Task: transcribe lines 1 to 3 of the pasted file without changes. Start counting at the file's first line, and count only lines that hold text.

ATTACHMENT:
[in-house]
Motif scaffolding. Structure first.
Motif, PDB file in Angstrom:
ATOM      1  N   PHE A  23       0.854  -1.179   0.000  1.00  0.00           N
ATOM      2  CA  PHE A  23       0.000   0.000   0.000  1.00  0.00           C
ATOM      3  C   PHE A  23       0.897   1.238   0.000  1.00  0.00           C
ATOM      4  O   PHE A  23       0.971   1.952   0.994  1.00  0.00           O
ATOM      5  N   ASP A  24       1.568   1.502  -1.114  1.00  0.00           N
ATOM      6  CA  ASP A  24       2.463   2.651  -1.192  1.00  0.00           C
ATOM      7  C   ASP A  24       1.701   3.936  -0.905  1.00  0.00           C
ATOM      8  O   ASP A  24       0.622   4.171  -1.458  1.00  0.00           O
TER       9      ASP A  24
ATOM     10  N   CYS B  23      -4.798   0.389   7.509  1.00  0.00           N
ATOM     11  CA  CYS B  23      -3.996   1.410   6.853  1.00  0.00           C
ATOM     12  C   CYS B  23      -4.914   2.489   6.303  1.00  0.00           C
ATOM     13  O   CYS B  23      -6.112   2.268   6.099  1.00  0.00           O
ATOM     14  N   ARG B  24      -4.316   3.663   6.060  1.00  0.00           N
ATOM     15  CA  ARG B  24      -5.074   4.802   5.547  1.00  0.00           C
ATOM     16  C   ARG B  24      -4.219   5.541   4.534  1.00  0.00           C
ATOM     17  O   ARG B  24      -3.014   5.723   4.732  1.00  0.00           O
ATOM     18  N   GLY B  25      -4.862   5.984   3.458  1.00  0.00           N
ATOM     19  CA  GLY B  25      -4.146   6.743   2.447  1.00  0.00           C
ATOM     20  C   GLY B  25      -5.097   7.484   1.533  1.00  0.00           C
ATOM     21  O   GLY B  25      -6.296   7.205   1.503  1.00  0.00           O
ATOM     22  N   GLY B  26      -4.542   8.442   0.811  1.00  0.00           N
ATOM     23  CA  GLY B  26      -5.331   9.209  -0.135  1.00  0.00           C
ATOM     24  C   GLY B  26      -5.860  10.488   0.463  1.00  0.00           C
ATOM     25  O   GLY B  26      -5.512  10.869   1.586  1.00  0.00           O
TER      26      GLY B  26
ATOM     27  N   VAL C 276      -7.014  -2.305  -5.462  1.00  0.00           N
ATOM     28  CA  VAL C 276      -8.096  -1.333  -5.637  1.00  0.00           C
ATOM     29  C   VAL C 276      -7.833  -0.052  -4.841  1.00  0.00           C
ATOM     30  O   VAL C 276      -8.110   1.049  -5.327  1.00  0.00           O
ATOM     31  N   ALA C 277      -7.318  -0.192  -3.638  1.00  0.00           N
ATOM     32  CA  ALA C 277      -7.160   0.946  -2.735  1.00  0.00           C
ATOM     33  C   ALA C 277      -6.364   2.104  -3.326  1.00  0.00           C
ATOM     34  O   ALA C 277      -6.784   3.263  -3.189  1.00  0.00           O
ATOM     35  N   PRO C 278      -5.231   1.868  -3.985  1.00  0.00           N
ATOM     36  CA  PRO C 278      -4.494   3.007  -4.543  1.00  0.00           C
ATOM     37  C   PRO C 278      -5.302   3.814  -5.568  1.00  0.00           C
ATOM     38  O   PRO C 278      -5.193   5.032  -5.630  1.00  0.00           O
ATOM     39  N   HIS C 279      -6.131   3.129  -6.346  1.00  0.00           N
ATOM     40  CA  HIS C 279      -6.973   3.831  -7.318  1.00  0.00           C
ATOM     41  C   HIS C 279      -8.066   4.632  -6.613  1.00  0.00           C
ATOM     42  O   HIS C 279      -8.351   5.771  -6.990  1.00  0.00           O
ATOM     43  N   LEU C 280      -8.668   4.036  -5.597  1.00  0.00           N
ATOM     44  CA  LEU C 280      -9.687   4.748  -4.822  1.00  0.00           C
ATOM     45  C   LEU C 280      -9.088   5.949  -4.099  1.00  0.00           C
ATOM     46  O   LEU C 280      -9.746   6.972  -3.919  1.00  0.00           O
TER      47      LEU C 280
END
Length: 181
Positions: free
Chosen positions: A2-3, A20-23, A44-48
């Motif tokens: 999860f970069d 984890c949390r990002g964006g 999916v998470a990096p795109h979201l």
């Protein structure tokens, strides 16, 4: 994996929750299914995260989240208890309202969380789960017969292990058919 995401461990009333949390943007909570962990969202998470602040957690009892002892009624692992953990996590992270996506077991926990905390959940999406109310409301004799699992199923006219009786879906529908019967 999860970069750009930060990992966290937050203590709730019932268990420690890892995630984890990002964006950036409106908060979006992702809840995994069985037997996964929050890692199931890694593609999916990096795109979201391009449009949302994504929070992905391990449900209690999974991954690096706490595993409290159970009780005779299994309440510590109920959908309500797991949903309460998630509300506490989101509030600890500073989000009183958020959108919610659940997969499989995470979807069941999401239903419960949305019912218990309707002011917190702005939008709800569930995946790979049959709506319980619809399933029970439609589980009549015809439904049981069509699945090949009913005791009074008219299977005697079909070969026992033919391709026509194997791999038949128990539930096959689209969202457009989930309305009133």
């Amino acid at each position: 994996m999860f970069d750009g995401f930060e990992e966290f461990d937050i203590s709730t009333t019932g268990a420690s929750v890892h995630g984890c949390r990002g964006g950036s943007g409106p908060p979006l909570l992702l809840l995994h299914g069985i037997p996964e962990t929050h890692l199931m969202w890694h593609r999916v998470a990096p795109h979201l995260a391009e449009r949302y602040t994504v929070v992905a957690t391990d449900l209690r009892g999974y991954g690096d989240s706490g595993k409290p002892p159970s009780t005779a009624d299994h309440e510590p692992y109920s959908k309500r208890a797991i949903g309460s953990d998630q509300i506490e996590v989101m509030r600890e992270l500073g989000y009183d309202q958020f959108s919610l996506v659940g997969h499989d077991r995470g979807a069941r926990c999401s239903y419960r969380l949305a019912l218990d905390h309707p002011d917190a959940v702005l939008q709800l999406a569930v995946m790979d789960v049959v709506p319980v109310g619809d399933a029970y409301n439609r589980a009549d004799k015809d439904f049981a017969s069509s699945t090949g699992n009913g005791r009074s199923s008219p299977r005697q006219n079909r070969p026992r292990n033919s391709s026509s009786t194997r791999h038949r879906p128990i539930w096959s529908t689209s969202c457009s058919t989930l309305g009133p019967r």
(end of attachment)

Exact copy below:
[in-house]
Motif scaffolding. Structure first.
Motif, PDB file in Angstrom: